It was from a artisan bakery next to my hostel and all it had in it was goats’ feta, honey, pine nuts and mesclun.

It was so good I think I might have to go back to Rotterdam just to eat it again.

And it’s the first time I can truly say, in the words of my best friend whose travel journal fopar this blog is named after – today I ate a baguette.


A girls’ weekend in Amsterdam

I’m not sure Amsterdam is the best place for girls’ weekend.

Come Saturday the price of hostels almost double and the town is taken over by Brits Abroad and ubiquitous stag dos.


You can’t blame stag dos for coming here though, I have to admit the girls in the Red Light District are absolutely gorgeous.

Ok, some are minging, but many are gorgeous, including the girl we paid two euro to stand in a secluded booth and watch touching herself on a revolving bed.

Unfortunately, my two euro peep show also got me a free show of the Kim Dotcom lookalike in the booth directly opposite me touching himself as well.

It was longest and most disturbing – ‘I should not be watching this but can’t stop watching this’ – two minutes of my life.

In terms of other stereotypical Dutch touristy things we managed to knock off while in Amsterdam, we:

Queued to eat at the famous pancake house where the pancakes are more like pizzas.

I bought my first souvenir in a long time – a two euro clog keyring which promptly broke two minutes later. My only clog souvenir is now this photo.


We got our fair share of photos with the ‘I Amsterdam’ sign.


We stumbled across many a weird window display.





And most excitingly, we discovered if you pretend to be mildly interested in buying some Gouda you can sample pretty much every variety of fromage in the cheese shops for free – making it the perfect backpackers’ free morning and/or afternoon tea.

In fairness, I did actually want buy some cheese but it’s not exactly practical as a backpacker to be carrying around a wheel of Gouda in your rucksack and I’m pretty sure my dorm buddies wouldn’t appreciate it either.

But in truth the thing I enjoyed most about my weekend in Amsterdam was having a female friend to hang with.

The hostels I’m in seem to be devoid of female backpackers, not that I mind the company of males, but sometimes you just need to have girly chats about love and life.

And I could have used her the night before when I came home somewhat upset/quite drunk after a particularly strange date with a Dutch man.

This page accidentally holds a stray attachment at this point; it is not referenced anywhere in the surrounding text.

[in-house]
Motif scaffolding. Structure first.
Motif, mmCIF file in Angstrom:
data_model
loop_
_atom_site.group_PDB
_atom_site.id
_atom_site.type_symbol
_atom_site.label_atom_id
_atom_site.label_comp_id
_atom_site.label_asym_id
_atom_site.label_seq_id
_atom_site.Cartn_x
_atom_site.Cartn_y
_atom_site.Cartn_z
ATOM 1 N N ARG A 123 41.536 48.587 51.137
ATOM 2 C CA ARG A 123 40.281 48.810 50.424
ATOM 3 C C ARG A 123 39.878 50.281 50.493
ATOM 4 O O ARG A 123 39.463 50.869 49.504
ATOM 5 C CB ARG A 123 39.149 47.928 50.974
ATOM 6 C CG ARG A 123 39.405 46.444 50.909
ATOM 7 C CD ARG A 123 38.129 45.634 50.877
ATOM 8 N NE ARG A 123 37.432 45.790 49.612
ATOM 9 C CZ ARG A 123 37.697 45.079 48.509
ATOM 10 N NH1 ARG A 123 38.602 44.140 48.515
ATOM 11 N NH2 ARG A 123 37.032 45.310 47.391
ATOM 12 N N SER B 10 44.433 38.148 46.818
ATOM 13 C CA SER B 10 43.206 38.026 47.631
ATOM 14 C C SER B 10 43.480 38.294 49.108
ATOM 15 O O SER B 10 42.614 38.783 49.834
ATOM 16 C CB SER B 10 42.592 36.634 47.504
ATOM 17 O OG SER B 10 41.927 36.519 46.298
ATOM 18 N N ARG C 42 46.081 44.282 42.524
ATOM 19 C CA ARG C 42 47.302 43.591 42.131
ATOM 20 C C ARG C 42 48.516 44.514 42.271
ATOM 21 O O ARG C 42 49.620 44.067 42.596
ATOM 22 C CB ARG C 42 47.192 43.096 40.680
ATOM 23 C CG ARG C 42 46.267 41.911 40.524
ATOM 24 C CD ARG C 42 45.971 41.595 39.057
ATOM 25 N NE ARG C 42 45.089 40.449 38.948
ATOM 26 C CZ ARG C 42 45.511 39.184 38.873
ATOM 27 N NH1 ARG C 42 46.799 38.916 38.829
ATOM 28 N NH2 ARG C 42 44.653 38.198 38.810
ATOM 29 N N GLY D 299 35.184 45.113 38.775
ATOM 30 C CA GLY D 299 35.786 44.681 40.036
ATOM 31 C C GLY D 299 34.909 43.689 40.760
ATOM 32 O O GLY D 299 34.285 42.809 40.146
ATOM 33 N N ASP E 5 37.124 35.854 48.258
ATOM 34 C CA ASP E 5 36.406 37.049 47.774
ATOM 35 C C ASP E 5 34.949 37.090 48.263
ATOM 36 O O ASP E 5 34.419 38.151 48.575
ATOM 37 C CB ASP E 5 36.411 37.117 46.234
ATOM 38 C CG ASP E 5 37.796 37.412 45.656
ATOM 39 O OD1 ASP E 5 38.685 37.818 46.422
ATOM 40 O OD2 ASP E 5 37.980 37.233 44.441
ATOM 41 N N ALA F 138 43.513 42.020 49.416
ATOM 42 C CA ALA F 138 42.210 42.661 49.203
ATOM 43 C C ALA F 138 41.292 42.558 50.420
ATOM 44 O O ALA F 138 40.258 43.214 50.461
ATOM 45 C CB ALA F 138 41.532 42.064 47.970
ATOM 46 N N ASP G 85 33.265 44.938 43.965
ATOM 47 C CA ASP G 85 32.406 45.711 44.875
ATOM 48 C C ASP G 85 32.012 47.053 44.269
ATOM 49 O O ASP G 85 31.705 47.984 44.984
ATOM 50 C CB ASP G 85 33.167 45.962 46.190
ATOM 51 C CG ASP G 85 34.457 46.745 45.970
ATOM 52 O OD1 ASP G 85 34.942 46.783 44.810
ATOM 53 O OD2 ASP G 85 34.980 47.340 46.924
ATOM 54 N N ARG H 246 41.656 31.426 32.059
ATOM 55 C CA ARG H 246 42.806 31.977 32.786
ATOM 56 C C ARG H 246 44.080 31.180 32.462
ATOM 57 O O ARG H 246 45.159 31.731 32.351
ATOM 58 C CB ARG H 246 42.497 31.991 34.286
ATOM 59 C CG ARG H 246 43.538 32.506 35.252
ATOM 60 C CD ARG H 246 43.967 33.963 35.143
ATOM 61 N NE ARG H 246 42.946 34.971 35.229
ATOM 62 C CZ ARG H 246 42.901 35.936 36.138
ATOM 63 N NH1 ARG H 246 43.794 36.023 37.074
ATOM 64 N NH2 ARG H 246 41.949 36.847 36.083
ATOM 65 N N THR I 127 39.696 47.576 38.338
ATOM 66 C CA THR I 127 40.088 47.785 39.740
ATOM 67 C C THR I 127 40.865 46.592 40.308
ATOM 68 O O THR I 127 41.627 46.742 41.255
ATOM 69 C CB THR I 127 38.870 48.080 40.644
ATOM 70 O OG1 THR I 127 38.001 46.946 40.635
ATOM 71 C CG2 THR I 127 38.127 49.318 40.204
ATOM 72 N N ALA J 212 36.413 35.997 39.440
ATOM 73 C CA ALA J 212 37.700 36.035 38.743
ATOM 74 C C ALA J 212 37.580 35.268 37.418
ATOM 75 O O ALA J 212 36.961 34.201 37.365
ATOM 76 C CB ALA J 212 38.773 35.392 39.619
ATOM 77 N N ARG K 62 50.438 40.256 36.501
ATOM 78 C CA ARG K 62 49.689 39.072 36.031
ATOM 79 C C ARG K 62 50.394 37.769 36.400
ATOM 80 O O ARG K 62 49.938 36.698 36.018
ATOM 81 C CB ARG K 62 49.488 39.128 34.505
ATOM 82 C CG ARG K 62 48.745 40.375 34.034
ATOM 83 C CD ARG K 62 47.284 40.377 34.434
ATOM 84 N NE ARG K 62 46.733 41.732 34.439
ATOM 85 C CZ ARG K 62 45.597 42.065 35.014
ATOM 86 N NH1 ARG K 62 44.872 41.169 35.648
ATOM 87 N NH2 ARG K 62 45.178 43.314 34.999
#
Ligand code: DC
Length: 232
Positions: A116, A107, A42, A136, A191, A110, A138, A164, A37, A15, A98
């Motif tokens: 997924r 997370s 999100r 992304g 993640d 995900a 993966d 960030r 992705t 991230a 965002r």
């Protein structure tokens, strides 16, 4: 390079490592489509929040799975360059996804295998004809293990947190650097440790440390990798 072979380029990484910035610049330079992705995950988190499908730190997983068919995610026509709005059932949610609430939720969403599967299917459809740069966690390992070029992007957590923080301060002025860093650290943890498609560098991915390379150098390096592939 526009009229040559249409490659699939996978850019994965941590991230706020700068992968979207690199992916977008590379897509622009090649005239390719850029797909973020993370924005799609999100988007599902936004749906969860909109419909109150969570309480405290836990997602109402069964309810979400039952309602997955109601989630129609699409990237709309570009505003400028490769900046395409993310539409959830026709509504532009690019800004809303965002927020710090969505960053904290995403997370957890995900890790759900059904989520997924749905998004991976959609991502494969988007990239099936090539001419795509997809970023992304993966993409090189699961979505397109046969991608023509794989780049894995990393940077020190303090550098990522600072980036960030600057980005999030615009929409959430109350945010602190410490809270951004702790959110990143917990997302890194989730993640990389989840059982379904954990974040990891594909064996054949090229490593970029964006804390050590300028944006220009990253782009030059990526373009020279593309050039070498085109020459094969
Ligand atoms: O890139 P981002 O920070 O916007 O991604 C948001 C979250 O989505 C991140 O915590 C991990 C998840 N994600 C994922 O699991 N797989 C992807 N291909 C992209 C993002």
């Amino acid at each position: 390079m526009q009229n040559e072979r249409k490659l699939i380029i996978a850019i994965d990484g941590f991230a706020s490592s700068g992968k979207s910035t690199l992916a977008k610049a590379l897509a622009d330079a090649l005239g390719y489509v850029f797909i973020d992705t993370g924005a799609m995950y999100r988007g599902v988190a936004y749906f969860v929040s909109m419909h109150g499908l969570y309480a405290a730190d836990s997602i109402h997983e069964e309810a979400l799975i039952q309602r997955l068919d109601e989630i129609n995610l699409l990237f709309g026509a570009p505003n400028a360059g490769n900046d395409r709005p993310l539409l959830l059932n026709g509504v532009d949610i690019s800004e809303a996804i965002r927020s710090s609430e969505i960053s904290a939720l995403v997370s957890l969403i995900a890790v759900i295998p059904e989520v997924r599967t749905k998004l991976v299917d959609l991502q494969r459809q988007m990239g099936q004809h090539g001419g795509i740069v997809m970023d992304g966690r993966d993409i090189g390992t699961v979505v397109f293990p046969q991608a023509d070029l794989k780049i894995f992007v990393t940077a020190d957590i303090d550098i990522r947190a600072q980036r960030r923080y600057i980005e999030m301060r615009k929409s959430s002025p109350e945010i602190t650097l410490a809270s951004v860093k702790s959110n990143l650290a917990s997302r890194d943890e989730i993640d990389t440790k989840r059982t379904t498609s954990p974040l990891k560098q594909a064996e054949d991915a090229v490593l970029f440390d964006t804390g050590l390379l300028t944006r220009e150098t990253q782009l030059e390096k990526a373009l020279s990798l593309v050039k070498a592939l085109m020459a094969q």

I accept it was partially my own fault, I’d built him up in my head, and in reality, he was, how do I put this – very Dutch.

Without her there the friend duty fell to Angry Meat Man who kindly cuddled me until I fell asleep.

I am forever grateful, though I do recall he owed me somewhat after the ‘Amsterdam is trying to kill me’ weed episode the day before.

Three blind mice

Who’s in your hostel and more specifically your dorm room is a bit pot luck at times.

If they’re cool you’ve got instant not only friends but family, if not – you’re doomed to be a loner.

Luckily in Amsterdam I shared a dorm room with an Argentinian guy we nicknamed Angry Meat Man because it became apparent very quickly that he needs to be fed meat, and often, and an older grungier version of Melbourne hipster – with an uncanny resemblance to a young Steve Jobs.


It’s amazing how fast we bonded over a couple of pints and Angry Meat Man’s ice breaker proclamation while strolling a particularly low quality section of the Red Light District – ‘this must be the Ryan Air section.’


And, over the next few days we shared our highs and we shared our lows.

I’ll start with the highs.

In an effort to cheer ourselves up after Steve Jobs Jnr got kicked out of the ‘Inner Amsterdam’ hostel for allegedly not paying, even though it was far more likely a result of their shitty record keeping, we decided to go to one of Amsterdam’s coffee shops.

In the interests of disclosure, I’ve never actually smoked weed, not for any particular reason, I’ve just never felt the need to.

Turns out Angry Meat Man and Steve Jobs Jnr were about as novice as me, so it was quite appropriate that we ended up at a coffee shop called ‘Rookies.’

But the name was deceiving, it was definitely not a first time to Amsterdam coffee shop kind of place.

We were flying blind, so blind in fact we ended up leaving to go and enlist the help of a friendly Englishman we’d meet earlier in the day.

And, this is the last photo I have before things went seriously downhill after the Englishman and his girlfriend helped us purchase one gram of the standard Rookies’ home blend – which is marketed as the weakest strain and a mix of mellow and uplifting weed.